Journalists need proper protection to conduct investigative journalism
Brussels, 4 May 2018 – Investigative journalism will be threatened if journalists lack proper protection, equipment and resources a meeting hosted by the IFJ at World Press Freedom Day event in Accra, Ghana has heard.
Journalists and union representatives from Kenya, Colombia, Indonesia, Ghana and Nigeria explained the threats faced and the failings of safety mechanisms, law enforcement authorities and media organisations to provide the support necessary to ensure journalists can continue to fulfill their mission.
Adriana Hurtado, President of FECOLPER, Colombia said too often journalists were let down by the high levels of impunity which were leading to an increasingly censored or self-censored journalism.
Citra Prastuti of the Alliance of Independent Journalists in Indonesia called for better enforcement of laws designed to protect the media and journalists alongside stronger protections for whistleblowers.
Dopo Olorunyomi of the Premium Times in Nigeria said it was vital news organisations found ways to make journalism pay so they can properly resource investigative journalism.
Erick Odour of the Kenyan Union of Journalists called for a stronger voice for workers in the industry and for employers to take fulfill their obligations to protect journalists carrying out investigations.
In a moment of high drama, masked undercover Ghanain journalist Anas joined the panel to talk about the threats he faced following a string of high profile investigations which had led to the jailing of public officials. He always wears a mask to protect his identity. When asked why he continued in the face of such threats he told the 150-strong audience “because it is in the public interest that I and we all continue.”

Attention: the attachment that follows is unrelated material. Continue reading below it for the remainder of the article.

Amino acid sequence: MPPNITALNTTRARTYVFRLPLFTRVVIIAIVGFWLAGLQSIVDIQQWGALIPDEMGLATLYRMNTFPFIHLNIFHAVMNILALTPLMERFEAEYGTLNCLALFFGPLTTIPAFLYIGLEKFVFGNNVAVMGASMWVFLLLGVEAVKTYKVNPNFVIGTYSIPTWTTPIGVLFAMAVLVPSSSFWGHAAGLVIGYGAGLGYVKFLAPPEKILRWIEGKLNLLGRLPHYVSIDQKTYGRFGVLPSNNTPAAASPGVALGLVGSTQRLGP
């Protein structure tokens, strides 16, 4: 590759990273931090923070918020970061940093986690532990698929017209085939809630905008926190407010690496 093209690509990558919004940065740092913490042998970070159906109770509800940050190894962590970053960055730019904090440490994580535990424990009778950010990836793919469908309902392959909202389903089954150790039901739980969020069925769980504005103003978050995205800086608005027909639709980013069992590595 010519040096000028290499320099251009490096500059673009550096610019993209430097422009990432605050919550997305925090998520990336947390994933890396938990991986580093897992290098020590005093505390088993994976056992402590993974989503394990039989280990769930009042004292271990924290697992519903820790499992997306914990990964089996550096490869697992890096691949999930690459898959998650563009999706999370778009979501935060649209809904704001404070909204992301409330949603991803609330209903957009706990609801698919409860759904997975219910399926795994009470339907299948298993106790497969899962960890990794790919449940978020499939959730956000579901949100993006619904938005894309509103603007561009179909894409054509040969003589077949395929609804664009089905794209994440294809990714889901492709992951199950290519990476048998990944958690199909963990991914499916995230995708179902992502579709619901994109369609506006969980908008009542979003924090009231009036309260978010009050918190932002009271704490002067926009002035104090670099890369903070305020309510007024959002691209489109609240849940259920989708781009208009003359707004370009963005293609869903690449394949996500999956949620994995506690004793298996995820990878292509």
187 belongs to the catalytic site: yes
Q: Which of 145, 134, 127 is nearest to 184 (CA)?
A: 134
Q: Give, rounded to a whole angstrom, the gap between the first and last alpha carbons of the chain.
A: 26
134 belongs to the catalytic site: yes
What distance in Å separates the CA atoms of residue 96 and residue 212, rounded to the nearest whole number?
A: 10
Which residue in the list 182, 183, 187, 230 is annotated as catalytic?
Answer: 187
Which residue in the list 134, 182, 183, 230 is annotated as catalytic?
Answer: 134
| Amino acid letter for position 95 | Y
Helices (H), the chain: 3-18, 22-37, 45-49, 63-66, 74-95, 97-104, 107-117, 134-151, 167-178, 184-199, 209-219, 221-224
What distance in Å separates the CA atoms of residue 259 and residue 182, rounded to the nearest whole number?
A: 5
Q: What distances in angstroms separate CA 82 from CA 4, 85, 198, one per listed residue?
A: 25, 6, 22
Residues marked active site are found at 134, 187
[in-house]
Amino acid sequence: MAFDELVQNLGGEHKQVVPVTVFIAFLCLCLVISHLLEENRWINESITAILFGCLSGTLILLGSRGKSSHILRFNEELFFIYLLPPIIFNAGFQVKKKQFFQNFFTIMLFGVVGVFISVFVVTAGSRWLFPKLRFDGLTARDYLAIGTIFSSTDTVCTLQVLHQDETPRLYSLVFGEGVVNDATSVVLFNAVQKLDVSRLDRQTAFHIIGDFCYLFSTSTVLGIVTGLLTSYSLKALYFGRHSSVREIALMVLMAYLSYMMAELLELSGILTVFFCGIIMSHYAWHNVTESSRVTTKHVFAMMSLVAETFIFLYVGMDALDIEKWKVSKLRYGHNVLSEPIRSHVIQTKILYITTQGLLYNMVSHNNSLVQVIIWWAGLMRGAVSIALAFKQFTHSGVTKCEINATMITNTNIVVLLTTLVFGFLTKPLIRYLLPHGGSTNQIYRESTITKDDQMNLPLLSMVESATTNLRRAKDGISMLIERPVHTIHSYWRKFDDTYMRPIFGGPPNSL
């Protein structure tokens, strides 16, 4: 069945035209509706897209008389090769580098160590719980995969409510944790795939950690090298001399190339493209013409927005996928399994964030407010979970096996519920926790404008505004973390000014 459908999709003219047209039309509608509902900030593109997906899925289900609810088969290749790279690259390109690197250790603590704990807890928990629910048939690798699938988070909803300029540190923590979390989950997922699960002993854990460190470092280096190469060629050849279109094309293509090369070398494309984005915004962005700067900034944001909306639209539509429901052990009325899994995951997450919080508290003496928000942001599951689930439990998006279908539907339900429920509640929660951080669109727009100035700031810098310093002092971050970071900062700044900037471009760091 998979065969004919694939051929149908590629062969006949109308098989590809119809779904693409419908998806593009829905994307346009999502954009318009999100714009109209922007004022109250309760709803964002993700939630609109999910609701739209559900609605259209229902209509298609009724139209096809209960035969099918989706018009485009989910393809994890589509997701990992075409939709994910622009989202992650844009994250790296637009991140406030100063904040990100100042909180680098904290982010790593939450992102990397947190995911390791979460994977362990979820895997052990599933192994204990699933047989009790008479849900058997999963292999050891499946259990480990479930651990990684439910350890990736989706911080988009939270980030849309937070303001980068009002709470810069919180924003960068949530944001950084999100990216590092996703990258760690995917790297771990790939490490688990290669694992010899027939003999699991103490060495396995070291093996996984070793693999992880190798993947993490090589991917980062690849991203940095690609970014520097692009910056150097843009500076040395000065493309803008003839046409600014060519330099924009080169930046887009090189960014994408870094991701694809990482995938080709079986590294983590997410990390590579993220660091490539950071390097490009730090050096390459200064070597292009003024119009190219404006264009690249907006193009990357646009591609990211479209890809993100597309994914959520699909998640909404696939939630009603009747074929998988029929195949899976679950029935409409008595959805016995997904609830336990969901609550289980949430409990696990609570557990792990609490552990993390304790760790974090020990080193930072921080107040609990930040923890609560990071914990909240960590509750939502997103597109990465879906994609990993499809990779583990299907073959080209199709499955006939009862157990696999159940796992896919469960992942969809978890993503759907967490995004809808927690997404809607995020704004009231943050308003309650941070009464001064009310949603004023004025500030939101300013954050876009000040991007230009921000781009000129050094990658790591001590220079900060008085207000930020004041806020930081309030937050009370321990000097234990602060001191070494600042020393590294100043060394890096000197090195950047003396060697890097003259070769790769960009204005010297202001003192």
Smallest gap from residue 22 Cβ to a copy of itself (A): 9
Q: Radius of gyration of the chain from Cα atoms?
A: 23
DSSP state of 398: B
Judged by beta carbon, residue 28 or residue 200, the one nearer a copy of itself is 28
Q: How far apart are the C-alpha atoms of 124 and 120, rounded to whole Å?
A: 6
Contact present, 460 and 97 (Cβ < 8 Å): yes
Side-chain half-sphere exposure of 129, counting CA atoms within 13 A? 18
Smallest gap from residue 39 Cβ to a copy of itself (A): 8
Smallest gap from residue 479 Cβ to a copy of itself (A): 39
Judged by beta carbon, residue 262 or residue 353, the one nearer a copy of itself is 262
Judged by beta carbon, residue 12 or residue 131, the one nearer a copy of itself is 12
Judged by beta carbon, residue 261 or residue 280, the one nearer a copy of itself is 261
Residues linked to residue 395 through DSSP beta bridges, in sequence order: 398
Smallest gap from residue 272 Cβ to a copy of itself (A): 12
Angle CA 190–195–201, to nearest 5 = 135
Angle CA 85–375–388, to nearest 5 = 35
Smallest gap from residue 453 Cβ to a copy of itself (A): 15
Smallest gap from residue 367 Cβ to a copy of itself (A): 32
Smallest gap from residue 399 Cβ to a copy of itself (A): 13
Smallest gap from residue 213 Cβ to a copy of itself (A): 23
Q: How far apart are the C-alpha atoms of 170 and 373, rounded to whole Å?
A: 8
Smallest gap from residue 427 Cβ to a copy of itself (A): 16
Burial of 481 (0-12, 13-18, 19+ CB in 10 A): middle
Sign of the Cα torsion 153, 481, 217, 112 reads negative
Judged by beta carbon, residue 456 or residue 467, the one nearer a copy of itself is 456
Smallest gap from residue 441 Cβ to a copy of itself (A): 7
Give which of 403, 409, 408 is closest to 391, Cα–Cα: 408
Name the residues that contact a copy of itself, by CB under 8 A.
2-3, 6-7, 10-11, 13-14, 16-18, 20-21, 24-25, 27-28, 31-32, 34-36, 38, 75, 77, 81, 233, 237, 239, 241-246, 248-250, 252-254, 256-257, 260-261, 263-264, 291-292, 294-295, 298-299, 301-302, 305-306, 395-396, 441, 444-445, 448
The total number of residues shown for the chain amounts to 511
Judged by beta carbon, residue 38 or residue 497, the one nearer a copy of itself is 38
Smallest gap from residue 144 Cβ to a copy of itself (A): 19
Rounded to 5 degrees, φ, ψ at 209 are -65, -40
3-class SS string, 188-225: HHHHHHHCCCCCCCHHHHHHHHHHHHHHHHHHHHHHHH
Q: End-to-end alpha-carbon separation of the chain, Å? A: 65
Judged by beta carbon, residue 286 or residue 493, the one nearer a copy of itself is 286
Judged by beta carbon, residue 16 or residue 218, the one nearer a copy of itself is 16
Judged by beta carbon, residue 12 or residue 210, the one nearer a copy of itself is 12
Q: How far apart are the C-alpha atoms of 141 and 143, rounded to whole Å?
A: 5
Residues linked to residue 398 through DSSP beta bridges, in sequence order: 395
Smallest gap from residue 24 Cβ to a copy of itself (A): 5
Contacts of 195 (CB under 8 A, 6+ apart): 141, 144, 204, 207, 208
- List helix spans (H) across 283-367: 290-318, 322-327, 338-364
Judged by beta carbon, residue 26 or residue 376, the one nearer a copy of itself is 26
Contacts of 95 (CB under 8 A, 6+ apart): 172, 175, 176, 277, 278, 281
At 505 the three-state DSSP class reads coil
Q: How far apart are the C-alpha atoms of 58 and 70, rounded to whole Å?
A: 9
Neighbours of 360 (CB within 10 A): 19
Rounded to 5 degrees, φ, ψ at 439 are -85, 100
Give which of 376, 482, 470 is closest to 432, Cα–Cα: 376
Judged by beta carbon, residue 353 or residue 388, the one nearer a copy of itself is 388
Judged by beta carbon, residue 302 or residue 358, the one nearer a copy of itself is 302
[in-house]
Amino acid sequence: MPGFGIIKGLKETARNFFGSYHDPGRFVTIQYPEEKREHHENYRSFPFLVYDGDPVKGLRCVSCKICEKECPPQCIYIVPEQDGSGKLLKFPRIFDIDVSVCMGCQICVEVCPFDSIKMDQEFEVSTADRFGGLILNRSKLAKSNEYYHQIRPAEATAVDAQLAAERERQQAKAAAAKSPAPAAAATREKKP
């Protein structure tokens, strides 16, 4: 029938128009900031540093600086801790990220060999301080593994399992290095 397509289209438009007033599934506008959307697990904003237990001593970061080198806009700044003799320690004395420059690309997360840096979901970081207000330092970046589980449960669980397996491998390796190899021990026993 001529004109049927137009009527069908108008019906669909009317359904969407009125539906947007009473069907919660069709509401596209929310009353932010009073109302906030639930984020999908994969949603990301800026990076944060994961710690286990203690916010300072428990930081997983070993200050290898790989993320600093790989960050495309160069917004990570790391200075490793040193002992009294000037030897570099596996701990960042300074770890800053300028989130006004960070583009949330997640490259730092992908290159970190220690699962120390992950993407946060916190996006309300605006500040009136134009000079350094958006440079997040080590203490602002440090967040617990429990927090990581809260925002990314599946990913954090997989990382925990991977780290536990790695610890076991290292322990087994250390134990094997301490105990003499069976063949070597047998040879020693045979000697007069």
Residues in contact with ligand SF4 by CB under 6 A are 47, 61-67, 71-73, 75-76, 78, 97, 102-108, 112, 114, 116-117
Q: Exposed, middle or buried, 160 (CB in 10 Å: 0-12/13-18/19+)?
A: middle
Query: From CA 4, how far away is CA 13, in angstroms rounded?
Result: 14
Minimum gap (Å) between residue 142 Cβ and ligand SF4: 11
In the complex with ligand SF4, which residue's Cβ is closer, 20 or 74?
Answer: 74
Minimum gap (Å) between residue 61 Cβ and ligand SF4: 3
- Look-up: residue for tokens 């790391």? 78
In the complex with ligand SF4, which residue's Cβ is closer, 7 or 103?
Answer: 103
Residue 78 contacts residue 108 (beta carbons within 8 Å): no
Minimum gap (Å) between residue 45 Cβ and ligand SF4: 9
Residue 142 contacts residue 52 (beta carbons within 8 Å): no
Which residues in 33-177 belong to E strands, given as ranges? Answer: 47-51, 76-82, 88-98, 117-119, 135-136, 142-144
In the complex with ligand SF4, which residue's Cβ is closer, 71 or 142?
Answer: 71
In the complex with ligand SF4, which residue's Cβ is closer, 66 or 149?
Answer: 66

IFJ Deputy General Secretary Jeremy Dear who chaired the panel said: “It is clear we need laws that protect us that are properly implemented and enforced, we need action to tackle impunity, we need resources in our newsrooms, training in both security and digital security, for the state and employers to fulfill their responsibility for safety and for strong protections for sources and whistleblowers. Our unions and associations have shown they are committed to fighting for these measures and defending investigative journalism in the face of a range of threats”.
The International Federation of Journalists (IFJ) is the world's largest organisation of journalists. First established in 1926, it represents around 600,000 journalists in 187 unions and associations across 146 countries worldwide. You can follow us on Twitter and Facebook and subscribe to our news updates.
Duško Velkovski – Investigative Journalist – (IFJ) International Federation of Journalists
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